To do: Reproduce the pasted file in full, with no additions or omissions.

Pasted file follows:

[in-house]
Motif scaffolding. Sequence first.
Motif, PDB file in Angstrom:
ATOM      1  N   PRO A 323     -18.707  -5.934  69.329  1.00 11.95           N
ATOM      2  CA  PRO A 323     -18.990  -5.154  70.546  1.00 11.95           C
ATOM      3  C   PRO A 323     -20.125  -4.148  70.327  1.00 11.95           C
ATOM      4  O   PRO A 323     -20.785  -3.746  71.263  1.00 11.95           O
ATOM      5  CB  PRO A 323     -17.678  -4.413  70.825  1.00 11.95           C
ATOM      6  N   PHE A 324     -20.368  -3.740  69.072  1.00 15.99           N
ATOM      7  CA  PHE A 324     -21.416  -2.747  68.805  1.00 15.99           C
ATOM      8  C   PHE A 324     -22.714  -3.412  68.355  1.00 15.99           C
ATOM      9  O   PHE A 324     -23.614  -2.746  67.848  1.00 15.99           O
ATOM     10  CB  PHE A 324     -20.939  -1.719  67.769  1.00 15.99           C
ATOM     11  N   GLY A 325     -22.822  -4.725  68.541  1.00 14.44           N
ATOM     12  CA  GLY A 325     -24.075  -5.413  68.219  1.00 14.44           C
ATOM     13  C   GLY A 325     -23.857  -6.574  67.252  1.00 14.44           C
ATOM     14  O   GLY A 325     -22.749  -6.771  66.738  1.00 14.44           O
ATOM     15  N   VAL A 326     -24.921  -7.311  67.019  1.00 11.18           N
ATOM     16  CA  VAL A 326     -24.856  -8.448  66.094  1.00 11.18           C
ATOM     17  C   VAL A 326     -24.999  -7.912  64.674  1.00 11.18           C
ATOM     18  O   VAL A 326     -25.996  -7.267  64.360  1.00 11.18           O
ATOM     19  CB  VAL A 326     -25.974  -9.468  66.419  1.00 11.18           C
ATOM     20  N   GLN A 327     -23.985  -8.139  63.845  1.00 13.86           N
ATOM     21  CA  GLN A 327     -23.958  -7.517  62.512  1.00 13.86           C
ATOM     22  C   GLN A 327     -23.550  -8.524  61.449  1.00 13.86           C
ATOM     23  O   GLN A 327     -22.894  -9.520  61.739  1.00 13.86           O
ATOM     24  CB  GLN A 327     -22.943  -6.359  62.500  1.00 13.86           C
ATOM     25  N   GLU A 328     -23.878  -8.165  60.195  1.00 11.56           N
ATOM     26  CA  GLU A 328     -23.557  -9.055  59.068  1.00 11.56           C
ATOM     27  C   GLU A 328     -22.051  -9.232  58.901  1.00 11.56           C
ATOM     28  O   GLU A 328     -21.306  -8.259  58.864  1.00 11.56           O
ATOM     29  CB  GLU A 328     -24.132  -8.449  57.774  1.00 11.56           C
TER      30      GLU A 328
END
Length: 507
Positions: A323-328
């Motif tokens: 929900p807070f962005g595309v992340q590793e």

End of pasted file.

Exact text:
[in-house]
Motif scaffolding. Sequence first.
Motif, PDB file in Angstrom:
ATOM      1  N   PRO A 323     -18.707  -5.934  69.329  1.00 11.95           N
ATOM      2  CA  PRO A 323     -18.990  -5.154  70.546  1.00 11.95           C
ATOM      3  C   PRO A 323     -20.125  -4.148  70.327  1.00 11.95           C
ATOM      4  O   PRO A 323     -20.785  -3.746  71.263  1.00 11.95           O
ATOM      5  CB  PRO A 323     -17.678  -4.413  70.825  1.00 11.95           C
ATOM      6  N   PHE A 324     -20.368  -3.740  69.072  1.00 15.99           N
ATOM      7  CA  PHE A 324     -21.416  -2.747  68.805  1.00 15.99           C
ATOM      8  C   PHE A 324     -22.714  -3.412  68.355  1.00 15.99           C
ATOM      9  O   PHE A 324     -23.614  -2.746  67.848  1.00 15.99           O
ATOM     10  CB  PHE A 324     -20.939  -1.719  67.769  1.00 15.99           C
ATOM     11  N   GLY A 325     -22.822  -4.725  68.541  1.00 14.44           N
ATOM     12  CA  GLY A 325     -24.075  -5.413  68.219  1.00 14.44           C
ATOM     13  C   GLY A 325     -23.857  -6.574  67.252  1.00 14.44           C
ATOM     14  O   GLY A 325     -22.749  -6.771  66.738  1.00 14.44           O
ATOM     15  N   VAL A 326     -24.921  -7.311  67.019  1.00 11.18           N
ATOM     16  CA  VAL A 326     -24.856  -8.448  66.094  1.00 11.18           C
ATOM     17  C   VAL A 326     -24.999  -7.912  64.674  1.00 11.18           C
ATOM     18  O   VAL A 326     -25.996  -7.267  64.360  1.00 11.18           O
ATOM     19  CB  VAL A 326     -25.974  -9.468  66.419  1.00 11.18           C
ATOM     20  N   GLN A 327     -23.985  -8.139  63.845  1.00 13.86           N
ATOM     21  CA  GLN A 327     -23.958  -7.517  62.512  1.00 13.86           C
ATOM     22  C   GLN A 327     -23.550  -8.524  61.449  1.00 13.86           C
ATOM     23  O   GLN A 327     -22.894  -9.520  61.739  1.00 13.86           O
ATOM     24  CB  GLN A 327     -22.943  -6.359  62.500  1.00 13.86           C
ATOM     25  N   GLU A 328     -23.878  -8.165  60.195  1.00 11.56           N
ATOM     26  CA  GLU A 328     -23.557  -9.055  59.068  1.00 11.56           C
ATOM     27  C   GLU A 328     -22.051  -9.232  58.901  1.00 11.56           C
ATOM     28  O   GLU A 328     -21.306  -8.259  58.864  1.00 11.56           O
ATOM     29  CB  GLU A 328     -24.132  -8.449  57.774  1.00 11.56           C
TER      30      GLU A 328
END
Length: 507
Positions: A323-328
């Motif tokens: 929900p807070f962005g595309v992340q590793e």